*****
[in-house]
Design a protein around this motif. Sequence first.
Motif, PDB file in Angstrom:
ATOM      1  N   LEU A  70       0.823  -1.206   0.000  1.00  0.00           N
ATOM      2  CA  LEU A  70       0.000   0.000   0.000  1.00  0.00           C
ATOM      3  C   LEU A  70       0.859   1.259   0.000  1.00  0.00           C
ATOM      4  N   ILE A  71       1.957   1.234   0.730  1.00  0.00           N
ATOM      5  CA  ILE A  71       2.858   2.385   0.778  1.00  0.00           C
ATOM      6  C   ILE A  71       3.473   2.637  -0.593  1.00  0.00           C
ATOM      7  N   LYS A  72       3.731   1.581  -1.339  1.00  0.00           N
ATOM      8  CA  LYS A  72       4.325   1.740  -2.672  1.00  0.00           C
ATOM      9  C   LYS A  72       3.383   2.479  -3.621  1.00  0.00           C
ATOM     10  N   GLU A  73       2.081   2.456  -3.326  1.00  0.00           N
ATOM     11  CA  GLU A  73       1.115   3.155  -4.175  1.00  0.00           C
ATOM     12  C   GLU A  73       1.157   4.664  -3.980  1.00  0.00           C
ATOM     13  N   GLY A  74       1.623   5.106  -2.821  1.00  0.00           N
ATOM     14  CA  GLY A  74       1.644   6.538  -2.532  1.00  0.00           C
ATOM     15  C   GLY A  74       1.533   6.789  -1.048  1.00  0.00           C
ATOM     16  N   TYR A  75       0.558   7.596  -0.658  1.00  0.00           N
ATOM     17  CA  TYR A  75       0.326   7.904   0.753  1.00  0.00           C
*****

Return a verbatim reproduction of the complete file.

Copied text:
[in-house]
Design a protein around this motif. Sequence first.
Motif, PDB file in Angstrom:
ATOM      1  N   LEU A  70       0.823  -1.206   0.000  1.00  0.00           N
ATOM      2  CA  LEU A  70       0.000   0.000   0.000  1.00  0.00           C
ATOM      3  C   LEU A  70       0.859   1.259   0.000  1.00  0.00           C
ATOM      4  N   ILE A  71       1.957   1.234   0.730  1.00  0.00           N
ATOM      5  CA  ILE A  71       2.858   2.385   0.778  1.00  0.00           C
ATOM      6  C   ILE A  71       3.473   2.637  -0.593  1.00  0.00           C
ATOM      7  N   LYS A  72       3.731   1.581  -1.339  1.00  0.00           N
ATOM      8  CA  LYS A  72       4.325   1.740  -2.672  1.00  0.00           C
ATOM      9  C   LYS A  72       3.383   2.479  -3.621  1.00  0.00           C
ATOM     10  N   GLU A  73       2.081   2.456  -3.326  1.00  0.00           N
ATOM     11  CA  GLU A  73       1.115   3.155  -4.175  1.00  0.00           C
ATOM     12  C   GLU A  73       1.157   4.664  -3.980  1.00  0.00           C
ATOM     13  N   GLY A  74       1.623   5.106  -2.821  1.00  0.00           N
ATOM     14  CA  GLY A  74       1.644   6.538  -2.532  1.00  0.00           C
ATOM     15  C   GLY A  74       1.533   6.789  -1.048  1.00  0.00           C
ATOM     16  N   TYR A  75       0.558   7.596  -0.658  1.00  0.00           N
ATOM     17  CA  TYR A  75       0.326   7.904   0.753  1.00  0.00           C